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J.–M. Warnet, M. Dutot, C. Baudouin, P. Rat; Preservatives and P2X7 Cell Death Receptor Activation: Role in Iatrogenic Ocular Pathologies . Invest. Ophthalmol. Vis. Sci. 2006;47(13):4945.
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Preservatives are known in ophthalmology to induce severe side effects. The aim of this work was to investigate the role of multipurpose solutions used to disinfect contact lens and the role of benzalkonium chloride preservative in P2X7 receptor–induced apoptosis on ocular surface.
Chang conjunctival cells were incubated with four multipurpose solutions and different benzalkonium chloride concentrations. Microplate cold light cytofluorometry and inverted fluorescence microscopy were performed to evaluate cell viability (neutral red test), reactive oxygen species (ROS) production (dichlorofluorescein diacetate and hydroethidine tests) and P2X7 cell death purinoreceptor activation (YO–PRO–1 test). P2X7 receptor presence on Chang cells was confirmed by immunohistochemistry.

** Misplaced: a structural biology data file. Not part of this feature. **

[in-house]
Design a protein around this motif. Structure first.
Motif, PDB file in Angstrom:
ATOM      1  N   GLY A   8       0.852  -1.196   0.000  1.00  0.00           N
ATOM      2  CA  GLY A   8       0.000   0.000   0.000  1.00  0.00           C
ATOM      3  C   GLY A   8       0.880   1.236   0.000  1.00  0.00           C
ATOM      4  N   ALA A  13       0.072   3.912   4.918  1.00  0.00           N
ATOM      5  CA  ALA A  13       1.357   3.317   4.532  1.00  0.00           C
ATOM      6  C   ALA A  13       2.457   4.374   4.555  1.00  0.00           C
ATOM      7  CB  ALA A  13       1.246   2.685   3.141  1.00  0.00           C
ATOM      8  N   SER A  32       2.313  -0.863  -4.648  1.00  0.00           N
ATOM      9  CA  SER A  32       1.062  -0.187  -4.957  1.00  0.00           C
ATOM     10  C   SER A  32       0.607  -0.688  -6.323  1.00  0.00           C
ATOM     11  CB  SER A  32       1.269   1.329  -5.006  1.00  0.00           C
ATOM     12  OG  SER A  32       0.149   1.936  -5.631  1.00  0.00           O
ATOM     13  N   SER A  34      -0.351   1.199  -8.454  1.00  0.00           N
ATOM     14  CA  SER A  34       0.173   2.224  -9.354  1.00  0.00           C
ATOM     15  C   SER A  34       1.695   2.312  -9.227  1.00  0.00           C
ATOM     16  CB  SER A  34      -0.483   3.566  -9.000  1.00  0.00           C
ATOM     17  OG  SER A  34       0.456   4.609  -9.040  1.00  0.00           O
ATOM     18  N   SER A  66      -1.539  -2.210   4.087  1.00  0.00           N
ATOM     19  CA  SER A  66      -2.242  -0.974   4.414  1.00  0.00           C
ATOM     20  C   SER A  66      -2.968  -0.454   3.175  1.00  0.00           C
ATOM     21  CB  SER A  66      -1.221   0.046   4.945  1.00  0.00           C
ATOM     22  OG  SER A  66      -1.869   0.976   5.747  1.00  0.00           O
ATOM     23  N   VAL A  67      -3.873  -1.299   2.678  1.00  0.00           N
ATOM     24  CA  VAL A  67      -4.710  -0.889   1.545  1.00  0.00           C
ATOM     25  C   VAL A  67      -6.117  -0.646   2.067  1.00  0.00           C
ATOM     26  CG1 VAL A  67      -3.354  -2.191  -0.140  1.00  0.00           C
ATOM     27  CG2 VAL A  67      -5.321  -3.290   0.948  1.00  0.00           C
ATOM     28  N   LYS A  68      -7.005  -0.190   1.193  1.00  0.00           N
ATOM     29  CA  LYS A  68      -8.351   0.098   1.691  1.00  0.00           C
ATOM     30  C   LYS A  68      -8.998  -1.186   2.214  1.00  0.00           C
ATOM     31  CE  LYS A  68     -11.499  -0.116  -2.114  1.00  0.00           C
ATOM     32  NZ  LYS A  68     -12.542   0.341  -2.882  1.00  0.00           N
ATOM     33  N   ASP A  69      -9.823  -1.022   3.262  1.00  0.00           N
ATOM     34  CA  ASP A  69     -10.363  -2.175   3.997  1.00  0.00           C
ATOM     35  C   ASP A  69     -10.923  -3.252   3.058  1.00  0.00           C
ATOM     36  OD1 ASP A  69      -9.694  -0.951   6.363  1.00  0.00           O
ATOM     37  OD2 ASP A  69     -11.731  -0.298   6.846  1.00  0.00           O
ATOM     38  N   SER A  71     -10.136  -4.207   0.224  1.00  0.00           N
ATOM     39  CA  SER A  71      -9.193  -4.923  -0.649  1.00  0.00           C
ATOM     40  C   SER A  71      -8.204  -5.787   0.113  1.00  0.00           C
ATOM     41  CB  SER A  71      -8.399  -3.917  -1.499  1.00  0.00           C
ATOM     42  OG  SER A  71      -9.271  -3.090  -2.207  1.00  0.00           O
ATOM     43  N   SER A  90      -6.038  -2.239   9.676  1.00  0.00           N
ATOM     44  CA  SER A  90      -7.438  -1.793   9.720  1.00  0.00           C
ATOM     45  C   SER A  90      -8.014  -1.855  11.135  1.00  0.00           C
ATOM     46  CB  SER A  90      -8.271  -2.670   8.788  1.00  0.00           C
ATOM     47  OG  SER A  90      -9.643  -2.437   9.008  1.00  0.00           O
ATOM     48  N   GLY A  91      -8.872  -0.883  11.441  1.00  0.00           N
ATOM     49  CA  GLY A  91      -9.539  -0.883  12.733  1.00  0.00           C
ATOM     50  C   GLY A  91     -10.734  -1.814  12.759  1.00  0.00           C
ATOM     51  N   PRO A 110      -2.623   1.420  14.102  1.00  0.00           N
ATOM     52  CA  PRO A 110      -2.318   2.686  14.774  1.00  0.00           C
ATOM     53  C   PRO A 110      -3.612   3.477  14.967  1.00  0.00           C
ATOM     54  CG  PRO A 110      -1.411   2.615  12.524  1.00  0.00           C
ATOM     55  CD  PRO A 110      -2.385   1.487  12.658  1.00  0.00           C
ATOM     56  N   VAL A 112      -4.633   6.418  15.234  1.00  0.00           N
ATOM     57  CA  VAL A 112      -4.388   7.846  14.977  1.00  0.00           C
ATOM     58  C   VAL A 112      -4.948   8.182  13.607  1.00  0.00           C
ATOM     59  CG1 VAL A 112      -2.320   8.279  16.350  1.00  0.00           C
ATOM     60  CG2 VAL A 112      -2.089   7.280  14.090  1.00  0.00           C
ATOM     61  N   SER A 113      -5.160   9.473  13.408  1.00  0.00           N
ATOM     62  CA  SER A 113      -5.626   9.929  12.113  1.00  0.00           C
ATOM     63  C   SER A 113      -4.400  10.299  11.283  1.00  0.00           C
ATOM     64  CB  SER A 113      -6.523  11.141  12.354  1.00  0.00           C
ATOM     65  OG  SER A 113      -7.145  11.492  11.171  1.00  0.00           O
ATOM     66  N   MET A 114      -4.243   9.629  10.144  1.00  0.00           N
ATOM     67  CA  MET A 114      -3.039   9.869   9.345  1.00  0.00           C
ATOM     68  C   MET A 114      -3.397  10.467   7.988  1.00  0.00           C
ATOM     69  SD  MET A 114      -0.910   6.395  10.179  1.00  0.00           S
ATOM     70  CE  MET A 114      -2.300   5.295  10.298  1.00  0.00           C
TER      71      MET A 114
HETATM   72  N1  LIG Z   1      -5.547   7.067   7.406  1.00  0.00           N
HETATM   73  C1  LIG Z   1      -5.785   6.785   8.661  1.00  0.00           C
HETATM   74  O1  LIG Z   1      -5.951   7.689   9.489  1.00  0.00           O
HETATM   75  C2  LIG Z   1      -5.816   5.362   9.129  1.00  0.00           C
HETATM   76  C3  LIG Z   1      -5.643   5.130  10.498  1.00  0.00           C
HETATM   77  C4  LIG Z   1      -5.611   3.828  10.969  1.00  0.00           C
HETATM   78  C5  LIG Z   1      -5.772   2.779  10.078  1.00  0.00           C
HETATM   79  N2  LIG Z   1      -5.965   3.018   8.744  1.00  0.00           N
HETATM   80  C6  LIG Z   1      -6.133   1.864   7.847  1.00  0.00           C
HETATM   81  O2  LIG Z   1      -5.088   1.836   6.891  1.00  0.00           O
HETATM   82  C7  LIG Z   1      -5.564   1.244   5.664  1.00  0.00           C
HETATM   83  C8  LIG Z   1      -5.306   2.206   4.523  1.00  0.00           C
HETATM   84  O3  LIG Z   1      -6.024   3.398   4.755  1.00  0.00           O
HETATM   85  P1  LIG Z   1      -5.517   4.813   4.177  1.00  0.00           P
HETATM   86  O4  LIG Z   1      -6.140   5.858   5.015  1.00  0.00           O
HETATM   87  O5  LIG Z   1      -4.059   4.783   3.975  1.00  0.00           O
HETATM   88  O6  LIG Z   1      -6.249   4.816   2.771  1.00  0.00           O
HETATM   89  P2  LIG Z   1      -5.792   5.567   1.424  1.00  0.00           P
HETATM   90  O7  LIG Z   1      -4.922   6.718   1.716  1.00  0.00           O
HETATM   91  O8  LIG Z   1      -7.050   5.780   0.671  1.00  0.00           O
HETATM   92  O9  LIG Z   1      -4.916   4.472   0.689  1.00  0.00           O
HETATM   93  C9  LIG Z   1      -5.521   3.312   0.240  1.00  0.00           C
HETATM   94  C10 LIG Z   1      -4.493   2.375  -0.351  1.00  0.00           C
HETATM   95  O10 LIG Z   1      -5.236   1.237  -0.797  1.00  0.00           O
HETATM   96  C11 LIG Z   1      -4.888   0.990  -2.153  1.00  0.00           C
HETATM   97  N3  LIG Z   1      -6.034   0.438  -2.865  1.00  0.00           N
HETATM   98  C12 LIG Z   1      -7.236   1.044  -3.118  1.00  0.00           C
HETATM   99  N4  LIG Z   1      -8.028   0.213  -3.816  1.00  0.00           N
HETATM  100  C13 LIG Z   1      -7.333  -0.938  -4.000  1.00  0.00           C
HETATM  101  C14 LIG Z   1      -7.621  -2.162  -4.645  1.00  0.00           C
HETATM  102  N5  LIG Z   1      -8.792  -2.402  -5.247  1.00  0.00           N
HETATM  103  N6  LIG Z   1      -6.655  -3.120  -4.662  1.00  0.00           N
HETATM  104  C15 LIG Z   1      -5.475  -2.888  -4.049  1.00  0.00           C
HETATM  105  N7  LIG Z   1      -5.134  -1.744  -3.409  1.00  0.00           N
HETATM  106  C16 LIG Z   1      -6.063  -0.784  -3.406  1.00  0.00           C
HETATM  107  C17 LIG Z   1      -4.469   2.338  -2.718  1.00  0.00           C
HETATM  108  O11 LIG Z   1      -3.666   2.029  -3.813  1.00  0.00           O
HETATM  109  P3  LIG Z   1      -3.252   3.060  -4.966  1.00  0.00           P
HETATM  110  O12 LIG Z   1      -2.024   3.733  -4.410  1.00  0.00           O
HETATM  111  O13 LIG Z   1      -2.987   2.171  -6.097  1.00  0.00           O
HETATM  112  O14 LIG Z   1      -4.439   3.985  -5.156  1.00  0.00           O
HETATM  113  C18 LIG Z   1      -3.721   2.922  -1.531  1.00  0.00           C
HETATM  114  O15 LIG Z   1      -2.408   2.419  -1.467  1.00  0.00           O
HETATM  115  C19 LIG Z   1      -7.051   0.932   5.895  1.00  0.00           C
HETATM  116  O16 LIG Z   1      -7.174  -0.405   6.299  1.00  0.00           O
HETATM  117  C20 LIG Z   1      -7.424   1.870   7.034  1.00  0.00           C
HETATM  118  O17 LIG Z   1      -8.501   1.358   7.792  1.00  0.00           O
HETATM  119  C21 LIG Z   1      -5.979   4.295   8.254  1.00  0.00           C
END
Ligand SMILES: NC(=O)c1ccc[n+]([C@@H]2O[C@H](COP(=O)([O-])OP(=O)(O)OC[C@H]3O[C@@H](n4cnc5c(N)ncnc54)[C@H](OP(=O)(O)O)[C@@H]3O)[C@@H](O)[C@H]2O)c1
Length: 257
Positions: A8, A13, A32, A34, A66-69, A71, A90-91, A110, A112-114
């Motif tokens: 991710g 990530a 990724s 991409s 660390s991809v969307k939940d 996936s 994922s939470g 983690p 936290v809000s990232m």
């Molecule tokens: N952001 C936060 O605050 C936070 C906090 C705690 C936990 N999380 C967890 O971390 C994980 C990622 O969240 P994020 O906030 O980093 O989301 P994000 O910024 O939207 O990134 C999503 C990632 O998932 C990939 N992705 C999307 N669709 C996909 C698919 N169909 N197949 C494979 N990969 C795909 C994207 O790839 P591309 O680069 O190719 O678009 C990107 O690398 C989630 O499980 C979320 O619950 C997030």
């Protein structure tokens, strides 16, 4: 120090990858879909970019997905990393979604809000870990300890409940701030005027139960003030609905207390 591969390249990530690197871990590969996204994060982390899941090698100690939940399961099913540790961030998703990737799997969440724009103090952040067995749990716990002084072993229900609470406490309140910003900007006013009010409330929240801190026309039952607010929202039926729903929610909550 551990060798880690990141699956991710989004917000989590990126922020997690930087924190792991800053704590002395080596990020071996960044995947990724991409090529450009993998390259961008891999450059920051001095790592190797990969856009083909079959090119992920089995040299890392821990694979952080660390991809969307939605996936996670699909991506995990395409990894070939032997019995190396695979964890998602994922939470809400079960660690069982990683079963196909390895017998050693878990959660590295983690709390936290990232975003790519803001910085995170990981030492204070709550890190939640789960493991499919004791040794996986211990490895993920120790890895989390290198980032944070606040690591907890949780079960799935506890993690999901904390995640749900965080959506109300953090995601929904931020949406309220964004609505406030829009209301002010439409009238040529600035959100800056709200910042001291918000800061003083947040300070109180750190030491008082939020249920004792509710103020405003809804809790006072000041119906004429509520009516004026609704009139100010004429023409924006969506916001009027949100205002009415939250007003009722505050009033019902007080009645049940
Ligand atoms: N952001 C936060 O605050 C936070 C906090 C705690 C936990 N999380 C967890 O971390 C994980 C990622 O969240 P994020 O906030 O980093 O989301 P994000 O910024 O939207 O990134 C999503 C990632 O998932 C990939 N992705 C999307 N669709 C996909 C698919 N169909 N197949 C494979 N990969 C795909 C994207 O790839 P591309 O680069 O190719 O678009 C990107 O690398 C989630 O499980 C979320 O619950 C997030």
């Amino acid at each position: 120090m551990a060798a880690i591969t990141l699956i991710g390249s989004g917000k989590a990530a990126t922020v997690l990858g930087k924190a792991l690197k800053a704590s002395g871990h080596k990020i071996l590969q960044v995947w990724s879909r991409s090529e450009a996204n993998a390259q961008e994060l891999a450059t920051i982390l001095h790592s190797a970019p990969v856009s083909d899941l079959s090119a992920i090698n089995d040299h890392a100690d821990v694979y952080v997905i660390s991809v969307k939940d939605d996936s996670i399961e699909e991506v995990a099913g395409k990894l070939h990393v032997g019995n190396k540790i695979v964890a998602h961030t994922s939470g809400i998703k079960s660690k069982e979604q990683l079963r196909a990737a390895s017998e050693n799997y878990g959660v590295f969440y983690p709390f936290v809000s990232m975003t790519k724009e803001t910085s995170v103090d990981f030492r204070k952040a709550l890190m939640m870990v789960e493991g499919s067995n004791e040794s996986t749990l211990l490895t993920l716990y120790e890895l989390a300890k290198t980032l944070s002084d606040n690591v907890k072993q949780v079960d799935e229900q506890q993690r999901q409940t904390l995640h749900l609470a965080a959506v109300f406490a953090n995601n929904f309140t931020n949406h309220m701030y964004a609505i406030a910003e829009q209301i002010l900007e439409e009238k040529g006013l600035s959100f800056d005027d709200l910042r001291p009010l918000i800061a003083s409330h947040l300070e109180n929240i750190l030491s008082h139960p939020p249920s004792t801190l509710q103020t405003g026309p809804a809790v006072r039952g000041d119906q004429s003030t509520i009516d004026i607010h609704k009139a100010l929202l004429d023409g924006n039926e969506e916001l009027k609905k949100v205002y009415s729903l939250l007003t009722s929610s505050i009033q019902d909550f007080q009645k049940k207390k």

Benzalkonium chloride was found to be the most cytotoxic preservative: as soon as 15 minutes of incubation, it induced necrosis with ROS overproduction. Even at very low concentrations, multipurpose solutions containing PHMB or polyquad preservatives were found to be apoptotic with mitochondria–dependent oxidative stress.
Benzalkonium chloride is used to preserve eye drops; when the active principle already presents antibacterial activity (such as fluoroquinolone), preservative should be avoided. Multipurpose solutions can induce side effects (dry eye for example) because of their preservatives which are cytotoxic: contact lens should be rinse with an inert solution after disinfection step.
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